In another splendid fit of absentmindedness, so typical for its history, Britain now left the European Union as a result of the referendum on 23 June 2016. The supporters of brexit rejoice, while the remainers despair. Those who tipped the balancenumber fewer than two per cent of the voters, so in reality neither the option of staying in nor of leaving the EU received a full-hearted and unequivocal mandate. Now, couple of days after, the triumphant brexiters backtrack on their promises of scores of economic and financial benefits that, according to them, were immediately to follow after the exit. In a typically British manner of muddling through, they even caution the public that the freedom of movement of people between Britain and the EU will continue for some indefinite period, while on the other hand the brexiters want Britain to retain full access to the single market. In a way they wish to straddle the fence by simultaneously being in and out. Ironically, it might mean that Britain, will join the ranks of Iceland, Liechtenstein and Norway in the European Economic Area (EEA). It is an extension of the single market, but without the right to deciding about its principles for EEA members. They just need to follow the rules as legislated and prescribed by the EU members.
In 1989 communism fell in Europe and the Soviet bloc split. In the same year Francis Fukuyama announced the end of history upon the almost instantaneous adoption of democracy and capitalism in the freshly postcommunist states. Now all in the West – the postcommunist half of Europe included – had seen the light of how to properly organize matters temporal in human societies. But since the mid-1990s populism has begun trumping democracy in Italy under the succession of the cabinets led by Silvio Berlusconi, at times in alliance with the pro-fascist Alleanza Nazionale party. Finally, in the 2013 general elections, the populist Eurosceptic and anti-establishment and Five Star Movement (M5S) won a quarter of the votes in this country. In the 1999 general elections over a quarter of the Austrians voted for the far-right Freedom Party (FPÖ), which subsequently became a coalition partner in the two Austria governments between 2000 and 2007. In the May 2016 presidential election, the FPÖ candidate lost to the mainstream one by the wafer-thin margin of 0.6 per cent. In France, the radical Front National (FN) successfully fielded a candidate who participated in the runoff of the 2002 presidential election. In 2014 the FN won the elections to the European Parliament and the following year the French regional elections, in each case gaining more than a quarter of all the votes cast. Mainstream parties and politicians began bowing to the growing authoritarian feeling palpable among the electorate. In 2007 Romania joined the European Union, but already the following year a plethora of Italian mayors and politicians vowed to expel from the country over 10,000 Romanian Roma – EU citizens. In 2009-10 the French President Nicolas Sarkozy ordered the first-ever postwar expulsion from a democratic Western state: tens of Roma housing sites were razed and 20,000 Roma – EU citizens, mainly from Romania and Bulgaria, were removed by force to their countries of origin. The European Commission’s harsh criticism of this unprecedented act fell on death ears.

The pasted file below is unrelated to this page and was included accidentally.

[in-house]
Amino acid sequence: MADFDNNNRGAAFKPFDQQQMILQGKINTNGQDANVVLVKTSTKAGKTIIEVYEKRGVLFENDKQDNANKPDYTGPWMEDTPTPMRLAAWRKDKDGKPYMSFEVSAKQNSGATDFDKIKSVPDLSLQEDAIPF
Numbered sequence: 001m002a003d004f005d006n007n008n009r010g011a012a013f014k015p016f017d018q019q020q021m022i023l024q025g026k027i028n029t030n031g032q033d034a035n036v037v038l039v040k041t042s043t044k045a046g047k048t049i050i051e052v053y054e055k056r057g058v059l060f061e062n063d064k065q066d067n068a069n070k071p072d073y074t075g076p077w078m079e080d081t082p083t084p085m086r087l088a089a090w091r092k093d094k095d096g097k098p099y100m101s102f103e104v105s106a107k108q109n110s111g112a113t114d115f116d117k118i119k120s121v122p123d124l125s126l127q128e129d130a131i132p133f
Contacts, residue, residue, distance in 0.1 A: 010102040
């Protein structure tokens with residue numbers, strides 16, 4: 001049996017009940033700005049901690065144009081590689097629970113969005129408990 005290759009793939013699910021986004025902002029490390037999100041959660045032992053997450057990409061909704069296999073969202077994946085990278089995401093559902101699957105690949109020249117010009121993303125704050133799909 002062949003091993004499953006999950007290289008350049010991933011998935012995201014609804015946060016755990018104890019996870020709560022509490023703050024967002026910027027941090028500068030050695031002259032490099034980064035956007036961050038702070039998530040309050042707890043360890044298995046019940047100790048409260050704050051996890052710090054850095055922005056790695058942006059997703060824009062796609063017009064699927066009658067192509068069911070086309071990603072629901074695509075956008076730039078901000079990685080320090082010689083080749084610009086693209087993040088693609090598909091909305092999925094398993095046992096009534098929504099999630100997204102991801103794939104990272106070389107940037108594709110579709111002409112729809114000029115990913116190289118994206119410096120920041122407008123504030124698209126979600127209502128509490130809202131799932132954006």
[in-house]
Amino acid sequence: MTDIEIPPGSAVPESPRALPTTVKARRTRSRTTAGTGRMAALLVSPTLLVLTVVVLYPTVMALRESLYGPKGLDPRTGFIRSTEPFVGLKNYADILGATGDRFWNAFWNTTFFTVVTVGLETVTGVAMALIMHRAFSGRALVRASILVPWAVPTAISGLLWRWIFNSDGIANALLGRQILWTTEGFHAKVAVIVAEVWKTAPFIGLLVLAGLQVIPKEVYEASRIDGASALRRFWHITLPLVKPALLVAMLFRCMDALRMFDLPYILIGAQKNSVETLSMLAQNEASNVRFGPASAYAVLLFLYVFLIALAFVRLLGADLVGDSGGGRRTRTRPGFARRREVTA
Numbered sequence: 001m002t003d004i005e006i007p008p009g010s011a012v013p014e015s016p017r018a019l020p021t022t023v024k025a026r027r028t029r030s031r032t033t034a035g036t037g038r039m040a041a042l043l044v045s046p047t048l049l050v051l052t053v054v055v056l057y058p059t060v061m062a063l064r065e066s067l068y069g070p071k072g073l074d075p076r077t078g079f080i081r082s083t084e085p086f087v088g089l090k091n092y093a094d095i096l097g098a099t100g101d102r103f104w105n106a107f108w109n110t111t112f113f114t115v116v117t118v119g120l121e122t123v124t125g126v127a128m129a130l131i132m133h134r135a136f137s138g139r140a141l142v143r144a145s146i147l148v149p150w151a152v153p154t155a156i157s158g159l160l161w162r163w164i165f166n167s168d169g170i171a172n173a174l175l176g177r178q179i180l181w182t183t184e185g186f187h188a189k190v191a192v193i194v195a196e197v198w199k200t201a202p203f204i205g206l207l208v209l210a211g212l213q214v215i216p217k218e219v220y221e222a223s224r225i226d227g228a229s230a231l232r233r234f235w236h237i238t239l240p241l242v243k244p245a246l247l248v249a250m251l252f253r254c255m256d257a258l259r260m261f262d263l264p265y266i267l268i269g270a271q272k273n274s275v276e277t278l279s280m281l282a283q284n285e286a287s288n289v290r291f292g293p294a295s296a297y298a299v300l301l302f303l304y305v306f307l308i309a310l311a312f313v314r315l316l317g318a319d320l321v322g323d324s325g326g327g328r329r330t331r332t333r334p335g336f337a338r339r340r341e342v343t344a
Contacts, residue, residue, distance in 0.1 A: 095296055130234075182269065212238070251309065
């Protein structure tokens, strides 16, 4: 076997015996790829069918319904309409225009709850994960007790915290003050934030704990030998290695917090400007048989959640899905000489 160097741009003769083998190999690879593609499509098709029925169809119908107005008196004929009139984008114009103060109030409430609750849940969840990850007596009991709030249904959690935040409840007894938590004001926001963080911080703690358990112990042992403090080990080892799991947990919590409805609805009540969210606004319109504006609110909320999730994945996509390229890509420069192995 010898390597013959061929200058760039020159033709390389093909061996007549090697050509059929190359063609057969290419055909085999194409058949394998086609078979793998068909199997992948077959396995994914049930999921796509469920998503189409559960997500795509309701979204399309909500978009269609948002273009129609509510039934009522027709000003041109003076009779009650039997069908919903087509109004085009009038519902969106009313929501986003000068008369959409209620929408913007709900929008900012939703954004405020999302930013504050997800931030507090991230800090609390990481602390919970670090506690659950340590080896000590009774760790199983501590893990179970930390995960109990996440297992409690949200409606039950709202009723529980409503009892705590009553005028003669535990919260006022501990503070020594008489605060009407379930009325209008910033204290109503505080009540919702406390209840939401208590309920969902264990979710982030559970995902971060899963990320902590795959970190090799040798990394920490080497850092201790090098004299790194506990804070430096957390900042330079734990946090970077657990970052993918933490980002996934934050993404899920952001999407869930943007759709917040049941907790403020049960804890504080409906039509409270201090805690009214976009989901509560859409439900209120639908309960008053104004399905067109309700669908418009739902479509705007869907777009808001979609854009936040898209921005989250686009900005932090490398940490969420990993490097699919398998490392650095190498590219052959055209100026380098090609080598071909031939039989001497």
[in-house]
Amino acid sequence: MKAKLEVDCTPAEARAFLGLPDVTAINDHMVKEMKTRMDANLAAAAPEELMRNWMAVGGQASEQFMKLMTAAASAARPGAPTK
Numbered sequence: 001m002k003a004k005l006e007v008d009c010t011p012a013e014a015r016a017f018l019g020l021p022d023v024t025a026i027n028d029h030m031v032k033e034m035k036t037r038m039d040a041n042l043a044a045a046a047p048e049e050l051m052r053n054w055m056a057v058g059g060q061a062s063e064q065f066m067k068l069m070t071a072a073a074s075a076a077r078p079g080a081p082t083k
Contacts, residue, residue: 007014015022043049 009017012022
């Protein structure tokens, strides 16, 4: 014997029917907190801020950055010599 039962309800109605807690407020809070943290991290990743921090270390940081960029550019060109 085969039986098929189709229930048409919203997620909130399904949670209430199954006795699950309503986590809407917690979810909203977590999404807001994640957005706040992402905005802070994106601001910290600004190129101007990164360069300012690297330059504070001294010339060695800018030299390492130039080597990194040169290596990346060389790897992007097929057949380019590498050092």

With the turn of the 21st century, mainstream political parties in the new postcommunist EU member states took a good note of this growing populist and authoritarian tendency in Western Europe. In 2000 displeasure with the continuing hold of the former communists-turned-democrats’ hold on power in Romania translated into the great electoral success of the far-right irredentist Greater Romania Party (PRM) that polled almost a quarter of the votes. The PRM became the second largest in the Romanian Parliament. However, in the wake of the generalized disillusionment with corruption in politics, this party’s popularity waned and since 2008 it has not managed to win a single mandate. Uniquely in Central Europe, thus far it has been the end of far-right parties in Romania, though no end of the use of ideological elements from their radical program. On the contrary, this far-right xenophobic radicalism has begun coalescing as a new political norm across the region. Since taking office in 2003 the Czech President Václav Klaus gradually introduced Euroscepticism as an important tenet of Czech politics. His successor Miloš Zeman continues this populist line with the addition of pro-Russian rhetoric. This stance paved the way for the rise of the anti-corruption populist and right-wing ANO 2011 (YES 2011) party as the second political force in the Czech Republic, and allows for the survival of the sole unreformed communist party (Communist Party of Bohemia and Moravia, KSČM) in a postcommunist EU member state as the country’s third largest political force. The radicalizing trend found its reflection also in neighboring Slovakia that between 1994 and 1998 had already had an early brush with authoritarianism under Prime Minister Vladimír Mečiar. Recently, in 2006-10 the far-right nationalist Slovak National Party (SNP) was a coalition partner in the Slovak government. Another party of the same ilk, with clear references to the wartime fascist Slovakia in its program, People’s Party – Our Slovakia (ĽSNS) gained a tenth of all the votes during the general elections of March 2016.